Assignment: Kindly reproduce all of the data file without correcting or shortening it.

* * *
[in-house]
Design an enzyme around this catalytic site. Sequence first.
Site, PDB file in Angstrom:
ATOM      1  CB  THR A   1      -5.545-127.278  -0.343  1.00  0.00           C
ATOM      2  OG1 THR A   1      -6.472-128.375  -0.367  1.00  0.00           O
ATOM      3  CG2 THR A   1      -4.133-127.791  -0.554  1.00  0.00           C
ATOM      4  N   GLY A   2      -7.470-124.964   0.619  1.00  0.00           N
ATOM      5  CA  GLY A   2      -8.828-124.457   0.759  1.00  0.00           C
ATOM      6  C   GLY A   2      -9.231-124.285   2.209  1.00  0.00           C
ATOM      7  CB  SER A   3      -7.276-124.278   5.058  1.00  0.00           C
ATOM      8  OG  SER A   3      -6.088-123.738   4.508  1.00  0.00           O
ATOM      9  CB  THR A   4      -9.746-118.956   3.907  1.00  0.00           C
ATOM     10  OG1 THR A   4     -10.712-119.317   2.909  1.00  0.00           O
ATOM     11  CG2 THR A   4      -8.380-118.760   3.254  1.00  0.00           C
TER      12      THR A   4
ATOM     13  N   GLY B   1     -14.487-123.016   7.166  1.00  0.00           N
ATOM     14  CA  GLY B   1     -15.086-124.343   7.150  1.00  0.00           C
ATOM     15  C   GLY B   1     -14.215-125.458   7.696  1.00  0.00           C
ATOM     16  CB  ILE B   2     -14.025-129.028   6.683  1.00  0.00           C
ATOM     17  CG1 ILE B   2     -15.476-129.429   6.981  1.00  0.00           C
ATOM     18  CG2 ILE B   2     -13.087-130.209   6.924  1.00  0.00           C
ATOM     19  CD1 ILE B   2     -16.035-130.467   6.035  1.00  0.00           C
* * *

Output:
[in-house]
Design an enzyme around this catalytic site. Sequence first.
Site, PDB file in Angstrom:
ATOM      1  CB  THR A   1      -5.545-127.278  -0.343  1.00  0.00           C
ATOM      2  OG1 THR A   1      -6.472-128.375  -0.367  1.00  0.00           O
ATOM      3  CG2 THR A   1      -4.133-127.791  -0.554  1.00  0.00           C
ATOM      4  N   GLY A   2      -7.470-124.964   0.619  1.00  0.00           N
ATOM      5  CA  GLY A   2      -8.828-124.457   0.759  1.00  0.00           C
ATOM      6  C   GLY A   2      -9.231-124.285   2.209  1.00  0.00           C
ATOM      7  CB  SER A   3      -7.276-124.278   5.058  1.00  0.00           C
ATOM      8  OG  SER A   3      -6.088-123.738   4.508  1.00  0.00           O
ATOM      9  CB  THR A   4      -9.746-118.956   3.907  1.00  0.00           C
ATOM     10  OG1 THR A   4     -10.712-119.317   2.909  1.00  0.00           O
ATOM     11  CG2 THR A   4      -8.380-118.760   3.254  1.00  0.00           C
TER      12      THR A   4
ATOM     13  N   GLY B   1     -14.487-123.016   7.166  1.00  0.00           N
ATOM     14  CA  GLY B   1     -15.086-124.343   7.150  1.00  0.00           C
ATOM     15  C   GLY B   1     -14.215-125.458   7.696  1.00  0.00           C
ATOM     16  CB  ILE B   2     -14.025-129.028   6.683  1.00  0.00           C
ATOM     17  CG1 ILE B   2     -15.476-129.429   6.981  1.00  0.00           C
ATOM     18  CG2 ILE B   2     -13.087-130.209   6.924  1.00  0.00           C
ATOM     19  CD1 ILE B   2     -16.035-130.467   6.035  1.00  0.00           C